However, in the absence of all of this – our leaders will fail and they will blame themselves for failing despite giving 150%.  This is not hyperbole. It’s happening. 

We need to come together to reverse the lack of patience for leadership that has become laden with urgency and fear. Yes, there is competition. Yes, enrollment might be dwindling. Yes, the community may have polarizing needs. Yes, costs are rising. And definitely yes, we need to watch out for our children’s physical, emotional, and social safety. Yes, people are complaining at Shabbos tables. But what I am trying to convey is that yes, we can deal with these very real and pressing issues without paralyzing or polarizing our school leaders. 

How? 

First, let’s all agree that no one person, Head of School or otherwise, can solve all the school’s problems alone. This detrimental thinking takes a toll on our leaders and their families in ways we can’t imagine.

Next, let’s commit to giving our leaders unprecedented levels of appreciation, support, and partnership. Always give more, even if you think they can be doing better – especially if you think they can be doing better.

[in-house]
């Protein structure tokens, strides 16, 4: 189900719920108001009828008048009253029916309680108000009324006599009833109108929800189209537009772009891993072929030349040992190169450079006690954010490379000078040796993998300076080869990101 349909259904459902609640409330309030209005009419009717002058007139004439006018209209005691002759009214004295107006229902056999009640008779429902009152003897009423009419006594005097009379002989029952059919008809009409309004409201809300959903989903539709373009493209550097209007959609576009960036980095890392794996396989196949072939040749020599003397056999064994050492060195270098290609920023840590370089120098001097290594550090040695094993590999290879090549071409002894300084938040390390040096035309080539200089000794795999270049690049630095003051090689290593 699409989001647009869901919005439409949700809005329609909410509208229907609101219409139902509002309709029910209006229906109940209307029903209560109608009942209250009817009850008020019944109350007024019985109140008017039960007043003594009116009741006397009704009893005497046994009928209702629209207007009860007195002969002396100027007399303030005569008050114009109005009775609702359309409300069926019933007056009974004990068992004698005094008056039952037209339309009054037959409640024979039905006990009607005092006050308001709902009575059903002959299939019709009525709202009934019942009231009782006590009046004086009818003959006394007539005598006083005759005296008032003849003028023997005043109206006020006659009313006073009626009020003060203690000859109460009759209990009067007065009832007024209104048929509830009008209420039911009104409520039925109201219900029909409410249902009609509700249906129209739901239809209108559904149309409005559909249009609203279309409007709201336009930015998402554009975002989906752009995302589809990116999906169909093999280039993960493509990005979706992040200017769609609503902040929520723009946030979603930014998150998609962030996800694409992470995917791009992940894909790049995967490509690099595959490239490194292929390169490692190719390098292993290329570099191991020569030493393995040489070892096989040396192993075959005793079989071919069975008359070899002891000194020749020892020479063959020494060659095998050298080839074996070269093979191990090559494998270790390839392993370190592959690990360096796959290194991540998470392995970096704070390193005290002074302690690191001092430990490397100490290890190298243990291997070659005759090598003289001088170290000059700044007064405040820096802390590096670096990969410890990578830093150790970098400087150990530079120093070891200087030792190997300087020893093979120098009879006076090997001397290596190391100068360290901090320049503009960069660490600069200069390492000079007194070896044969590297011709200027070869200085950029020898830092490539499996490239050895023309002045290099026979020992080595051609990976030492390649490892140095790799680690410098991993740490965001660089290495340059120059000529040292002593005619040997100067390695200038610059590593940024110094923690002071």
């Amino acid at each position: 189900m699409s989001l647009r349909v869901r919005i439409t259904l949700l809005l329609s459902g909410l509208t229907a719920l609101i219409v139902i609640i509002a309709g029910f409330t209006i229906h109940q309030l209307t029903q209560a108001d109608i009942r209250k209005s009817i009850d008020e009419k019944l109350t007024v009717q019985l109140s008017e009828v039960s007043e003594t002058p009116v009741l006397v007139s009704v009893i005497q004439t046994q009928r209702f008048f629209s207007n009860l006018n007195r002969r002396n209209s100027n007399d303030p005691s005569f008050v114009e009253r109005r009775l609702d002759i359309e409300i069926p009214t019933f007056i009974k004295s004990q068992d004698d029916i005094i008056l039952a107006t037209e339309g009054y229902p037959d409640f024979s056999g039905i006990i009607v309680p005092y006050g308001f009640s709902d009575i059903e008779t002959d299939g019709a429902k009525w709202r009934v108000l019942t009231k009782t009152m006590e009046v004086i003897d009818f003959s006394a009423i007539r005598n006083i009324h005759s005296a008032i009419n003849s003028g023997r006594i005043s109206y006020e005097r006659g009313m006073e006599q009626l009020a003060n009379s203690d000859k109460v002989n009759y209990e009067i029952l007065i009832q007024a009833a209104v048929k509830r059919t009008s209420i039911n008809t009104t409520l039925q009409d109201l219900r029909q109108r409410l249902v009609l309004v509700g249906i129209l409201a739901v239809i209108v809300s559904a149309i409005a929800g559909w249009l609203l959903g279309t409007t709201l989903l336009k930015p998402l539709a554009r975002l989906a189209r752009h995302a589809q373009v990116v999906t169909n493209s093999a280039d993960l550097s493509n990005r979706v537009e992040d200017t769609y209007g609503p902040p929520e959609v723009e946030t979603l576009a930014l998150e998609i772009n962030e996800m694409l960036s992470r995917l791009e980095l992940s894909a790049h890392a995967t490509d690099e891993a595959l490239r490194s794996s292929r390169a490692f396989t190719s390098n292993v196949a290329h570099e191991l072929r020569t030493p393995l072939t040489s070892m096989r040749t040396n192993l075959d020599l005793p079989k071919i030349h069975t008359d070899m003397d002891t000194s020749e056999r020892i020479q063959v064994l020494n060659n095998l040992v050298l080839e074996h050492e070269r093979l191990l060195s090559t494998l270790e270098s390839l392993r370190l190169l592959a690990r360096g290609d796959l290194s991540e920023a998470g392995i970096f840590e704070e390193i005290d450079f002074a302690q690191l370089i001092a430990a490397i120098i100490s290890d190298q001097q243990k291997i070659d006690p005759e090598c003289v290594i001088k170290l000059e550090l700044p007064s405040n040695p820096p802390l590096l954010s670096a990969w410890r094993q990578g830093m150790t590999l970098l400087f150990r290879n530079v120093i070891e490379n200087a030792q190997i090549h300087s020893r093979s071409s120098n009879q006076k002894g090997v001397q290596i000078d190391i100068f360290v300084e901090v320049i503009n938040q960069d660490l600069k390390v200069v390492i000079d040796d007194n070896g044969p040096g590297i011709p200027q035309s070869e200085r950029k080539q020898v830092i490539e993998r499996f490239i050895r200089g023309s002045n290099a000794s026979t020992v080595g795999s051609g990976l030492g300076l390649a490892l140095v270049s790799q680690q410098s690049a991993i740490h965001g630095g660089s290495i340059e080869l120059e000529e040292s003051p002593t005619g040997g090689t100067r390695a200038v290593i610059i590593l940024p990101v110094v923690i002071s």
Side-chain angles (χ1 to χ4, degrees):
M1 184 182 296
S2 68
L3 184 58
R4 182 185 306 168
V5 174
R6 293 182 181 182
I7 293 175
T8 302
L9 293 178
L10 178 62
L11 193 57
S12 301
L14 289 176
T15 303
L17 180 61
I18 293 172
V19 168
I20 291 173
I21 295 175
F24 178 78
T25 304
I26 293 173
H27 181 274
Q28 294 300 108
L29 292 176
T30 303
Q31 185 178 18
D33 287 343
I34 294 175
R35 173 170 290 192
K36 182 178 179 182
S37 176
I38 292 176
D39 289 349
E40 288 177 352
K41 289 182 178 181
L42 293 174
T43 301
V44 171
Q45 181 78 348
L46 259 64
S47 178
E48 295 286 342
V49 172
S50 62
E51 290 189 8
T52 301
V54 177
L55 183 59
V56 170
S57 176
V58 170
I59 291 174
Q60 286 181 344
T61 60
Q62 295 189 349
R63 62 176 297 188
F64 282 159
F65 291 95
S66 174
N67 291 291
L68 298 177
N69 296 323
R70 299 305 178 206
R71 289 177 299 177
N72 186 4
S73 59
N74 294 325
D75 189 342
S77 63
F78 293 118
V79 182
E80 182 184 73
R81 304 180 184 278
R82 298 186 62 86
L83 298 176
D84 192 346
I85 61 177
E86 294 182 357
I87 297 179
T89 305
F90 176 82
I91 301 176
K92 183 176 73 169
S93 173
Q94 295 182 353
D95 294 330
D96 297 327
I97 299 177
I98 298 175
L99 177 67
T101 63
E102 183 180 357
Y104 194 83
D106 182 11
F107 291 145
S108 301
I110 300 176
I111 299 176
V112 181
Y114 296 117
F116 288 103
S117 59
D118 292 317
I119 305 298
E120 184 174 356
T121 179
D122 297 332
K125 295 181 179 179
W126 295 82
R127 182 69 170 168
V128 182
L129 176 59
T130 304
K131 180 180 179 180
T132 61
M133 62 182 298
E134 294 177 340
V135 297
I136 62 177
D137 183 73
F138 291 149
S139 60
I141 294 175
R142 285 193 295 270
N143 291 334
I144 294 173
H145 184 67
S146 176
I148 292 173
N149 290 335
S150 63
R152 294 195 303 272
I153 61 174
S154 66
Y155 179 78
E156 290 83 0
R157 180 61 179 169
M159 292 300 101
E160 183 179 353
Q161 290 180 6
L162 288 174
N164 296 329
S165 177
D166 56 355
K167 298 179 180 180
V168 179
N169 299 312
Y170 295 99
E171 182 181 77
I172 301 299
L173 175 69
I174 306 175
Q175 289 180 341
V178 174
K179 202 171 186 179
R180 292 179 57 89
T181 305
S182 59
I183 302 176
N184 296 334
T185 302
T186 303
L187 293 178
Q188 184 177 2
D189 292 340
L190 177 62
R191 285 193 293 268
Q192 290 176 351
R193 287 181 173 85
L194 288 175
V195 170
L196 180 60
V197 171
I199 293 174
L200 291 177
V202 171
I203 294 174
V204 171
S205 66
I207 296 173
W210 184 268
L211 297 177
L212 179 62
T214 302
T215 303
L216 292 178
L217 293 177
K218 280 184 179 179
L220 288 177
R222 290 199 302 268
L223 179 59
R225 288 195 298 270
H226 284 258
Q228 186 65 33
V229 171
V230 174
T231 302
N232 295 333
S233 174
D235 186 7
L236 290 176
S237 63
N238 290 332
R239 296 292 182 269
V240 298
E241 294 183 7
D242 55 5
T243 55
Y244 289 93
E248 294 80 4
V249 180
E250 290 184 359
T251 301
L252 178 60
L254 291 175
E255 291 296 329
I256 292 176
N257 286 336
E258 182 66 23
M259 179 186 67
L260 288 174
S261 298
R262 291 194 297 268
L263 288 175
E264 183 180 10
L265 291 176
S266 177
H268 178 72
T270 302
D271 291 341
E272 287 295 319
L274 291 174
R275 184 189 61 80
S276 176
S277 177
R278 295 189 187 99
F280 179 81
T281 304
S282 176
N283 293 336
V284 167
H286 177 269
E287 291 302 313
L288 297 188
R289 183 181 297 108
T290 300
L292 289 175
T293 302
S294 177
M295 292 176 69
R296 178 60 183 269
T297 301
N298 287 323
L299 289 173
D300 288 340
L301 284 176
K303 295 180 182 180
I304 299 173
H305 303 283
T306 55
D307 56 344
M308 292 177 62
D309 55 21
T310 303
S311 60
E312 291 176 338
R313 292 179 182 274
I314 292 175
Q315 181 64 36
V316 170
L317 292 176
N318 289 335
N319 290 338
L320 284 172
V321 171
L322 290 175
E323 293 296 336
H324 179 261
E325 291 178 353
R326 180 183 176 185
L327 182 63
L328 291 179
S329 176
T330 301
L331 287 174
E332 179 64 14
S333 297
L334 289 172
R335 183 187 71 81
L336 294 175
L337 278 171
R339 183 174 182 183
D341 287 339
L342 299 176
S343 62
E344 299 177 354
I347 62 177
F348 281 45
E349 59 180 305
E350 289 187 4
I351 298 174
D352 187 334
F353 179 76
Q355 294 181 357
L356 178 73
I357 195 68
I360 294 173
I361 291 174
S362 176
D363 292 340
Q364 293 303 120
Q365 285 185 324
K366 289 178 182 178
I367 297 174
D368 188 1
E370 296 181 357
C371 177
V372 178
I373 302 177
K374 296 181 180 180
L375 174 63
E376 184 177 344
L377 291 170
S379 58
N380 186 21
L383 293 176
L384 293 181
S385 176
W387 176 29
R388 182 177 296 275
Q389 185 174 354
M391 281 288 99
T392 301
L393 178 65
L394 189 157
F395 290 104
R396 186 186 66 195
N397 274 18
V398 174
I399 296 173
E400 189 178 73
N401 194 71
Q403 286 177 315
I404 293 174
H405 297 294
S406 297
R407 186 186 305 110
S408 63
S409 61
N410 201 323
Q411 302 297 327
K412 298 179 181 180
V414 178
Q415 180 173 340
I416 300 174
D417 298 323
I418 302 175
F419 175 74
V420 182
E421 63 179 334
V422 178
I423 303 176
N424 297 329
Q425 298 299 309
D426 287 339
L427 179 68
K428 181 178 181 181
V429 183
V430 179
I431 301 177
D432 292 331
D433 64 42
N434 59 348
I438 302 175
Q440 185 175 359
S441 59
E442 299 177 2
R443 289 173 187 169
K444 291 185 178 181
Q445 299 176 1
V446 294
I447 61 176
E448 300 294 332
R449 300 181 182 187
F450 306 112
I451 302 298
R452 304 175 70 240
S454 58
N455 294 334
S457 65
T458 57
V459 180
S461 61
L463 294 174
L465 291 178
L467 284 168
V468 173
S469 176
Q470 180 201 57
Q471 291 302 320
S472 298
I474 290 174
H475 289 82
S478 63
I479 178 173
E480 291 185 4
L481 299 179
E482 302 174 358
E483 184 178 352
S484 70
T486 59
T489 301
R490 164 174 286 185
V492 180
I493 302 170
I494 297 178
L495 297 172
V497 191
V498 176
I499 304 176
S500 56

Finally, and this is a big one, let’s once and for all let go of the false narrative that there exists somewhere a perfect professional or lay leader in a day school.  There is no one type of person who succeeds while others fail.   There is no formula that a school can follow that is research based.  However, our emotional intelligence prevails here.  We need to think deeply about the human beings in our leadership positions and what they need to succeed.  We need to give direct and honest feedback that is fully intended for growth and comes from a place of caring deeply.  We need to affirm the good, push each other to take care of themselves and their families, and check to see if our expectations are realistic.